Search is supposed to be the heart of Google, right? But an entrepreneur has pointed out that the search engine’s site design doesn’t cater much to showing organic search results these days.
Aaron Harris, the cofounder of Tutorspree, explained in a blog post that he looked at “the amount of real estate given to true organic results,” by searching “auto mechanic” on Google, from his office in New York City. Harris analyzed what showed up on his Google search results page and estimated the how many pixels each part of the page occupied. Organic search results are results that naturally show up based on the search terms, rather than advertisements.
He estimated only 13% of the screen actually showed organic search results. The focus was on the initial top of the screen that displays without scrolling, which is sometimes called “above the fold” in design. Harris wrote that the rest of his 13-inch MacBook Air screen was taken up by Google products: 29% was Adwords, 14% was the navigation bar and 7% was a Google Map with local results.
In his blog post, Harris shared his thoughts on what he found:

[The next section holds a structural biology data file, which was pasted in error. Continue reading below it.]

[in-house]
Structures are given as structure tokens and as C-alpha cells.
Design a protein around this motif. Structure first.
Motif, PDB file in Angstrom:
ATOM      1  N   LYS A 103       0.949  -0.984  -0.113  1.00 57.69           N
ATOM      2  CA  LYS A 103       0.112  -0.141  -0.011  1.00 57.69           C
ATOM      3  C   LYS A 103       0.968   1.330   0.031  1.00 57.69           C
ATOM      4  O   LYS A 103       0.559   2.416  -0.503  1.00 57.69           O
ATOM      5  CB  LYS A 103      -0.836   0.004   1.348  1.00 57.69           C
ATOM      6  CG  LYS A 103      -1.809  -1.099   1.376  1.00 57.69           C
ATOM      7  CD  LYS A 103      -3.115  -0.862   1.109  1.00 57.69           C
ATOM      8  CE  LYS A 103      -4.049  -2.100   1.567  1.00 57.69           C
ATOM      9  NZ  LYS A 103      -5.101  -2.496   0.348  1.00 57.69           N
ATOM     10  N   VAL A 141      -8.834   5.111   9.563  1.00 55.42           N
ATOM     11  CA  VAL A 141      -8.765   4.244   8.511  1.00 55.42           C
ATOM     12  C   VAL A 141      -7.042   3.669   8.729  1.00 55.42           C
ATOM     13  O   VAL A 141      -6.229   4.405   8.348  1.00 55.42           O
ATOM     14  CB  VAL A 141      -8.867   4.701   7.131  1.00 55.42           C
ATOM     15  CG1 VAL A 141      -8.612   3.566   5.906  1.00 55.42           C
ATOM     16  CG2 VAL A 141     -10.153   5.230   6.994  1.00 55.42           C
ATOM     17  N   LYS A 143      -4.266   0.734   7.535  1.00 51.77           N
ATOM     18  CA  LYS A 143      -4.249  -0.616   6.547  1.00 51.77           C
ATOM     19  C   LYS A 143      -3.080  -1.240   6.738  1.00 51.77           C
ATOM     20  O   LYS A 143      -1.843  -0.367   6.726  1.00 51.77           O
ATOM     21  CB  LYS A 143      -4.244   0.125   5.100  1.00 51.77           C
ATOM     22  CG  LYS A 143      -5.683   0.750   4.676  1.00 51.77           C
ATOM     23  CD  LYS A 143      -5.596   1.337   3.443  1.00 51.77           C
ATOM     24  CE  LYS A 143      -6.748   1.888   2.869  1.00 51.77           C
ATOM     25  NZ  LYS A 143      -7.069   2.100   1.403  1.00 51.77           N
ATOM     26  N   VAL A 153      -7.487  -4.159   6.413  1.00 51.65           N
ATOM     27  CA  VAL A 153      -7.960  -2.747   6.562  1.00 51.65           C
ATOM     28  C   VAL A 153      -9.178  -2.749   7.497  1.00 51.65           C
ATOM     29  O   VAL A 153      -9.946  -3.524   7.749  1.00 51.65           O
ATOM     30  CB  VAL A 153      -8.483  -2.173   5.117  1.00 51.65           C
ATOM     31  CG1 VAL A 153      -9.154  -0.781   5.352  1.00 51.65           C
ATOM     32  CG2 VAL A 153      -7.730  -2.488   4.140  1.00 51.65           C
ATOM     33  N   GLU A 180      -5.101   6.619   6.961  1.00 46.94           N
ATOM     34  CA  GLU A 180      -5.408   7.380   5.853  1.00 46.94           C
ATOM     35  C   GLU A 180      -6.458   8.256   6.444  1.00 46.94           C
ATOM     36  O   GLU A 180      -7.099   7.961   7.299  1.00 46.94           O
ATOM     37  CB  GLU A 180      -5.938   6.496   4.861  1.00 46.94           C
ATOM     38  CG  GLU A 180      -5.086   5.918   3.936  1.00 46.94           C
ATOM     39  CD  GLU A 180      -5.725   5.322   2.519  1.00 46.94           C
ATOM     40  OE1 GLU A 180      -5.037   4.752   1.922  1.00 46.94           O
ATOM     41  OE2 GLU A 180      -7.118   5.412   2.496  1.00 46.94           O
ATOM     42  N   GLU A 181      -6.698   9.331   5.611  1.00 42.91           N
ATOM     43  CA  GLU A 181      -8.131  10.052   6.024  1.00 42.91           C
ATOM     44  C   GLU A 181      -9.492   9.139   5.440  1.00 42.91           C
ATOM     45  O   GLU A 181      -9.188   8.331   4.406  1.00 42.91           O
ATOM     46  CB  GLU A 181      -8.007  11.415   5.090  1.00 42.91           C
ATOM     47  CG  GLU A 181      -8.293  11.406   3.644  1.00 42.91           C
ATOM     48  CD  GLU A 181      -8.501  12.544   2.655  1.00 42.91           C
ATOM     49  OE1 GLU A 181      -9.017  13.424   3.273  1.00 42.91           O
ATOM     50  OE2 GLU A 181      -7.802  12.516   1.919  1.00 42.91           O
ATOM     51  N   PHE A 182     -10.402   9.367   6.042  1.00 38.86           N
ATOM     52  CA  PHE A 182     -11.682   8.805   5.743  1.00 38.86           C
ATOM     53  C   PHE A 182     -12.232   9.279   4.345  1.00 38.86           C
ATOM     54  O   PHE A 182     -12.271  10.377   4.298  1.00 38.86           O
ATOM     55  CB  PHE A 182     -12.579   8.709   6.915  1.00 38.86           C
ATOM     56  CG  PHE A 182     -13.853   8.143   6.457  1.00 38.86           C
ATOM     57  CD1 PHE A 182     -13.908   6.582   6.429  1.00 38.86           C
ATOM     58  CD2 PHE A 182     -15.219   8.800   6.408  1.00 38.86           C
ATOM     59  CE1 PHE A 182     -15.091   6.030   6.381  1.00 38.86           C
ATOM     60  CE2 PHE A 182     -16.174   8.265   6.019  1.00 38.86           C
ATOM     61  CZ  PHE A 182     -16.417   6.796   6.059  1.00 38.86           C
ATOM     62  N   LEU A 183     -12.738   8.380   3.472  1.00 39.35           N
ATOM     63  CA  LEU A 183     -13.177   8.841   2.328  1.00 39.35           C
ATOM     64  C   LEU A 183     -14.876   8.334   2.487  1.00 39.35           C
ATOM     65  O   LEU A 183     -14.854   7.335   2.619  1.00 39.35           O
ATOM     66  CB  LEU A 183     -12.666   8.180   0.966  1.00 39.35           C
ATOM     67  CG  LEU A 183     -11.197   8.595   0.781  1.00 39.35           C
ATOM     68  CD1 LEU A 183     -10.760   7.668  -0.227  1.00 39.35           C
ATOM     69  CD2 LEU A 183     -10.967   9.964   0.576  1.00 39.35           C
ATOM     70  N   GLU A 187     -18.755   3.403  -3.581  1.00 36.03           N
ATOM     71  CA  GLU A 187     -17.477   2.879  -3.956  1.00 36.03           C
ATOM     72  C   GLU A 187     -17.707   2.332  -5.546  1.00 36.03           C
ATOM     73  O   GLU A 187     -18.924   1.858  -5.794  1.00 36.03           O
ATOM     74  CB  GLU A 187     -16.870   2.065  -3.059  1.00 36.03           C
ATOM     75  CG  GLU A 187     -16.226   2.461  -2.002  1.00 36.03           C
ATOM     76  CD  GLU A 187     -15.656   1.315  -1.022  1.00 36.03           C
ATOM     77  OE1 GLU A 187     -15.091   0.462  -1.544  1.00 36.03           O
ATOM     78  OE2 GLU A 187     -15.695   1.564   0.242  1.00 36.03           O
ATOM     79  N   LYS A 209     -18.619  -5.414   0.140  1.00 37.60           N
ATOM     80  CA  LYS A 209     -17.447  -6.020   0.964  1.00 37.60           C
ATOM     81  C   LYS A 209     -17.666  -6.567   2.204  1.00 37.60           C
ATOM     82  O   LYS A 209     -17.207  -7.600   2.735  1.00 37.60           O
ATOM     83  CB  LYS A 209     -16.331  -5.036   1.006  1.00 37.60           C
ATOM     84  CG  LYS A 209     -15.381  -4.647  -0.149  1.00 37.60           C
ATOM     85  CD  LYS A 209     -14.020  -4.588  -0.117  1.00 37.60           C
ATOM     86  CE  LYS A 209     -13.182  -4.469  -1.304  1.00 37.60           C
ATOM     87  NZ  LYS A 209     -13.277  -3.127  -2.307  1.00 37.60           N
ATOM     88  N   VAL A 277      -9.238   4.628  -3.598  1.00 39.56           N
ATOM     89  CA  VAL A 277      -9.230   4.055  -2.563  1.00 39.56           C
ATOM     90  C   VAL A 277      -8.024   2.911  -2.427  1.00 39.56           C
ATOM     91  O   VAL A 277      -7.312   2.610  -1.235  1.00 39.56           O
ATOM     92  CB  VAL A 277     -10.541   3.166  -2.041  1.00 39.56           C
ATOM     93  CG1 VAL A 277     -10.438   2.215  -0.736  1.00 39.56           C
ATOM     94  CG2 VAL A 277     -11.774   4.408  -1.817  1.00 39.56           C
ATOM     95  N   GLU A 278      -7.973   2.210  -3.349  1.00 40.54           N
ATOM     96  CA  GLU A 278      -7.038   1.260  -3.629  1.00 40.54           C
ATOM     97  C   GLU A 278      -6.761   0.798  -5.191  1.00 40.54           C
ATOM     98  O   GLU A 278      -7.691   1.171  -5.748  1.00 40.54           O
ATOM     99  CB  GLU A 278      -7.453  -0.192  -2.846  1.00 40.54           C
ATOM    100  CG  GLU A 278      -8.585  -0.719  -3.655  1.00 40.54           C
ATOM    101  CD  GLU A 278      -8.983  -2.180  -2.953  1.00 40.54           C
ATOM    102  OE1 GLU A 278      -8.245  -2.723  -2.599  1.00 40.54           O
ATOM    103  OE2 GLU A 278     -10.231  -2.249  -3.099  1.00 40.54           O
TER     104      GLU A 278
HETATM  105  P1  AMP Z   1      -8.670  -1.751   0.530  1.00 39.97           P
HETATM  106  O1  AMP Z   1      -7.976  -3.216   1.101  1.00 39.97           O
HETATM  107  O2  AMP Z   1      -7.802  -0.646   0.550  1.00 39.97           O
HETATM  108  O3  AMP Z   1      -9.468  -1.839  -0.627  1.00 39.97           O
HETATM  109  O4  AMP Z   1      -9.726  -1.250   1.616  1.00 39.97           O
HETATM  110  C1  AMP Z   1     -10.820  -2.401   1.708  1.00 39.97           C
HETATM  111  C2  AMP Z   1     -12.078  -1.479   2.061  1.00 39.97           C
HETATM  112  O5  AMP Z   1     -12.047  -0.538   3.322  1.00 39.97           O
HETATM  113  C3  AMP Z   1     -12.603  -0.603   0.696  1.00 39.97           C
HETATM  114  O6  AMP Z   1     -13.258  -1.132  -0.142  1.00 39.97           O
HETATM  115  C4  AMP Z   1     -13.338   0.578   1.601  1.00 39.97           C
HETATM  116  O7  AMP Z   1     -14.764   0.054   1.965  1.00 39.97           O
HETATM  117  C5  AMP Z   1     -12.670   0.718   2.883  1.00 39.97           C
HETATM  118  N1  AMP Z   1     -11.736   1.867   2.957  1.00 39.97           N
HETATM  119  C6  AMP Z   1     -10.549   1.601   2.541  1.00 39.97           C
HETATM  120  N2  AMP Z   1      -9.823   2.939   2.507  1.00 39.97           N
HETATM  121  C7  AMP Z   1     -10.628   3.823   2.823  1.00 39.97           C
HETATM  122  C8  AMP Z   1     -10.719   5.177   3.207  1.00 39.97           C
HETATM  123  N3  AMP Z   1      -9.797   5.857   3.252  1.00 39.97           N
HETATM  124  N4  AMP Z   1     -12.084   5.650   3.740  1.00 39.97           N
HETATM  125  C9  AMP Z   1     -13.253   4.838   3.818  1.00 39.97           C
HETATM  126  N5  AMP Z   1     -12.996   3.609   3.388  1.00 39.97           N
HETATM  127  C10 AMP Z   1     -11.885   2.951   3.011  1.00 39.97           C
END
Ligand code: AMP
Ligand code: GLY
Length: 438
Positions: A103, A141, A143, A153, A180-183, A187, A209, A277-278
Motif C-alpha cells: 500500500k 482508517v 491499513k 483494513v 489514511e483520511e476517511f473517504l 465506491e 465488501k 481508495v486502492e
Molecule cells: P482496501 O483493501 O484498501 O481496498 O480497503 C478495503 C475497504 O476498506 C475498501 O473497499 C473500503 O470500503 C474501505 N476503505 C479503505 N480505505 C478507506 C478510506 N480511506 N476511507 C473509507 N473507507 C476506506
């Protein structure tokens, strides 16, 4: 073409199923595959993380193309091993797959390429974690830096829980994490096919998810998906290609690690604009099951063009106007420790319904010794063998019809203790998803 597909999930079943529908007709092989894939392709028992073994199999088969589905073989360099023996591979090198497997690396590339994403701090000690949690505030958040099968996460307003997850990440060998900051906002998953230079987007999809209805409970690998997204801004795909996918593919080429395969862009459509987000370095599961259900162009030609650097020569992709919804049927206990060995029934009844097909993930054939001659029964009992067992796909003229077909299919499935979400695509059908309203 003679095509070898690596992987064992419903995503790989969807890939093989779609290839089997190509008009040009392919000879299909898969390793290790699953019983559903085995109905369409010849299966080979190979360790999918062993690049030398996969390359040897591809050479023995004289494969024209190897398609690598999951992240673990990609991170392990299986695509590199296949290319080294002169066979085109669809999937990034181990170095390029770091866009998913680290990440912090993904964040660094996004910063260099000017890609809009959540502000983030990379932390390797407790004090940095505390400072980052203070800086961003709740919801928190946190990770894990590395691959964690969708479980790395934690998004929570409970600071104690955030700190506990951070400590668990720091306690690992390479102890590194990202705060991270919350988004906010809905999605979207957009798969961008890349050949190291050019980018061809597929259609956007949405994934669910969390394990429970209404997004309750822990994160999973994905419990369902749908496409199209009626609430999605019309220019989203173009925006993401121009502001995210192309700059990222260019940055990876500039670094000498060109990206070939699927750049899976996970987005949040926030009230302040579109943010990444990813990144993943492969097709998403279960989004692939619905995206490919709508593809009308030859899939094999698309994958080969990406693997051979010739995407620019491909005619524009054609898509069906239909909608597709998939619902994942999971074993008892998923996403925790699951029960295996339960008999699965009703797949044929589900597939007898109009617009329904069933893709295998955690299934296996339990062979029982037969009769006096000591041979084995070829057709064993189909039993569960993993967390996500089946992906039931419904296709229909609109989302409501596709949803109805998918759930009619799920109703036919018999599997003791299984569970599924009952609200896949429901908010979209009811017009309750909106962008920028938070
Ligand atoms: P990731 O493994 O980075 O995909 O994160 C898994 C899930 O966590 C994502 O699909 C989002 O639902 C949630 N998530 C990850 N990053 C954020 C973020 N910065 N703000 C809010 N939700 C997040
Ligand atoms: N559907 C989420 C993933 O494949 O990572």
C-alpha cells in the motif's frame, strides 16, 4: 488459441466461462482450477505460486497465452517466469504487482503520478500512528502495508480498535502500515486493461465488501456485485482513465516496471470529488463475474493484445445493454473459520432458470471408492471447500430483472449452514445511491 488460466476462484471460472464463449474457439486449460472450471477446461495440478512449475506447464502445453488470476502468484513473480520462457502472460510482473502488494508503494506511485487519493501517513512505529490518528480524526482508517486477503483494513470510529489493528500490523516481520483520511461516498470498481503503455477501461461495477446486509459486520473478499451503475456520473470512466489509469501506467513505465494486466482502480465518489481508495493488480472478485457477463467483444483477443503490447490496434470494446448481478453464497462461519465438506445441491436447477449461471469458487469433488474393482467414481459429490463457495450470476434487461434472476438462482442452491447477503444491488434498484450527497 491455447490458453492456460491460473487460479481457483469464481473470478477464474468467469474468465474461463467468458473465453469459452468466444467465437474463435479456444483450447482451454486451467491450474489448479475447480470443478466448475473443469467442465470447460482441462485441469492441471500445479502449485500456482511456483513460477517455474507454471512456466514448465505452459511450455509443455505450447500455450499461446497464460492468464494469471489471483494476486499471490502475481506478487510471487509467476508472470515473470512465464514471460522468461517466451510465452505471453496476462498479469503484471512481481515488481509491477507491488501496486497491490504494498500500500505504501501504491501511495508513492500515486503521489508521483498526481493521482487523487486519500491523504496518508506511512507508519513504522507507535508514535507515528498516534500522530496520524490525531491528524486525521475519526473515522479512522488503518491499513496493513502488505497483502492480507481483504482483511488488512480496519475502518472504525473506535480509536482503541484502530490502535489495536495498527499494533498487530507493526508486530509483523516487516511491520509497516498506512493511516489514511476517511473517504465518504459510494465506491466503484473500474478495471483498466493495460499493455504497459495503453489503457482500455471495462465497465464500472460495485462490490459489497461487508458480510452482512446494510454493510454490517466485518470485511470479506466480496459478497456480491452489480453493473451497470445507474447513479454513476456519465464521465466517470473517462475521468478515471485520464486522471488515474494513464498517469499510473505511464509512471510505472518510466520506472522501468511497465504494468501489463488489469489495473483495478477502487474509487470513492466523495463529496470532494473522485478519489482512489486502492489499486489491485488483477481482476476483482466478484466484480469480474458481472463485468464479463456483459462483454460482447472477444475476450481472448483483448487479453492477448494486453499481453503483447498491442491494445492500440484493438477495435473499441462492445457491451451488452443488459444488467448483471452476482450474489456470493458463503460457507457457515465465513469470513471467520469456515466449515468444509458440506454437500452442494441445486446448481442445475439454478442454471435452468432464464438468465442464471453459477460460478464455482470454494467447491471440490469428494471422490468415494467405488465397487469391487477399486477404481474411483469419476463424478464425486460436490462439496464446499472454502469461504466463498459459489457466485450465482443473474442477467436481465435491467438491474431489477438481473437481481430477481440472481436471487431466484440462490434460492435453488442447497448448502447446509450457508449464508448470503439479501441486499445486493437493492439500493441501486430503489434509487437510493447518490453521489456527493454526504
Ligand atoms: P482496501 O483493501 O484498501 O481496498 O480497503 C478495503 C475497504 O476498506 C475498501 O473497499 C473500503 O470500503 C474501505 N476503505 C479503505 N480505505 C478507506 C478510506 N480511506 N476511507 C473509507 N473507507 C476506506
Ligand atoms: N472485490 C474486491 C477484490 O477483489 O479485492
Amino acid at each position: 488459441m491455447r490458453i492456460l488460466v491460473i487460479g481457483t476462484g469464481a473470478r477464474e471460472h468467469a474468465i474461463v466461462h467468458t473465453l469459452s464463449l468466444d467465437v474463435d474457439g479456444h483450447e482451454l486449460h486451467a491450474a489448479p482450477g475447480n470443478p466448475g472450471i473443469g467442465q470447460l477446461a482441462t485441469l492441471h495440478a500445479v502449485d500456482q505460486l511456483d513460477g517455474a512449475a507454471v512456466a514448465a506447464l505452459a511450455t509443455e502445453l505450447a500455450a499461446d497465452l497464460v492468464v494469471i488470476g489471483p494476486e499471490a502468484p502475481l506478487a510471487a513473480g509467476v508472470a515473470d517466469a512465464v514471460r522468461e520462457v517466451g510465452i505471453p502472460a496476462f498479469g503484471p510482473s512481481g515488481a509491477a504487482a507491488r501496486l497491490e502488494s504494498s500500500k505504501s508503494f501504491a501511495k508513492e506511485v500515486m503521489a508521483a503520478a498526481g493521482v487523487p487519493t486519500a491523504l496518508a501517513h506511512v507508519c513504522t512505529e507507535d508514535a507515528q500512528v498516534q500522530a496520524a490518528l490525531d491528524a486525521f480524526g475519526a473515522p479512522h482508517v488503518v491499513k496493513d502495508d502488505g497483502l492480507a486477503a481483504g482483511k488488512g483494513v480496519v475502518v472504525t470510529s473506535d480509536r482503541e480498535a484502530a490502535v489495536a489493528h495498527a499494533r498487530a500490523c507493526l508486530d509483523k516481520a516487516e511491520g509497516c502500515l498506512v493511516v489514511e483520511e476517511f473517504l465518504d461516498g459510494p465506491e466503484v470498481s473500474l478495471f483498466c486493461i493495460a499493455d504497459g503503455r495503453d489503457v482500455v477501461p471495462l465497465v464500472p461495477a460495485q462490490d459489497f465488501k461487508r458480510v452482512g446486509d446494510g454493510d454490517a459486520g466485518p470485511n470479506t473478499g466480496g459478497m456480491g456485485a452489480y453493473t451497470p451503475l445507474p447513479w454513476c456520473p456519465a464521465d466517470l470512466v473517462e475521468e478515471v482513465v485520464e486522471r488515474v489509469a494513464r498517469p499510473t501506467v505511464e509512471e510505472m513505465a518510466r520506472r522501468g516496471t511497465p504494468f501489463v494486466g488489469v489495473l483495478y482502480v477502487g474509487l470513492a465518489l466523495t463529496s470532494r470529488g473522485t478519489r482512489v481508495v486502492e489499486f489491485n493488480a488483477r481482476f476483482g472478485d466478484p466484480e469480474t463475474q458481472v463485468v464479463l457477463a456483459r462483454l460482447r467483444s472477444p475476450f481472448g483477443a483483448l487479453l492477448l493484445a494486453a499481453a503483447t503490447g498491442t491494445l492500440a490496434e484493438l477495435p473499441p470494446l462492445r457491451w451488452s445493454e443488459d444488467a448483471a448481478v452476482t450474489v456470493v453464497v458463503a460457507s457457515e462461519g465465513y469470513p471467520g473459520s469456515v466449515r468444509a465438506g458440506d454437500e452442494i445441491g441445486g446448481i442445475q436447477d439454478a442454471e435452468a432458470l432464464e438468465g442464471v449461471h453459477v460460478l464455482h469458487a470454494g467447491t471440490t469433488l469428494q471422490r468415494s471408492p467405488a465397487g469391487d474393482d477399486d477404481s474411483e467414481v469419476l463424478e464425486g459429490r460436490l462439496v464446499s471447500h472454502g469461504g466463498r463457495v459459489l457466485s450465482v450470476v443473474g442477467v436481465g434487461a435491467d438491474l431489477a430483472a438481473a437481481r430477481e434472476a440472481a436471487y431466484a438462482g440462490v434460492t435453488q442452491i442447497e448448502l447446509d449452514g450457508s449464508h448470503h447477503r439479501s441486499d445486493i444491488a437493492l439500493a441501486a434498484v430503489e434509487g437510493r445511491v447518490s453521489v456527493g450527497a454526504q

Google is building a new version of the search engine that made it great. This time, however, it is a search engine exclusive to the garden of Google products. If you compete with Google in any way, you’re in its crosshairs. Your chances of ranking high enough to garner traffic are virtually nil and getting smaller.
In another test with search term, “Italian Restaurant,” Harris estimated only 7% of screen space were organic results. On mobile, he found it was worse when searching for “Italian Food”: 0% were organic results, until he went down four full page scrolls.
I conducted my own non-scientific version of this Google search test from the Mashable office in San Francisco, using the Firefox browser on a 15-inch MacBook Pro. As a control for laptop search, I tested the same search terms: “auto mechanic” (pictured in the screenshot below). I estimated that 13.5% were organic search results (102,000 out of 756,000 square pixels in the screenshot below), which is similar to what Harris found in New York.
What Harris pointed out reiterates that Google is far beyond its search engine roots. The site’s design above-the-fold may skew toward Google’s own interests. In the first six months of 2012, the tech giant raked in more advertising revenue than all print publications in the United States combined.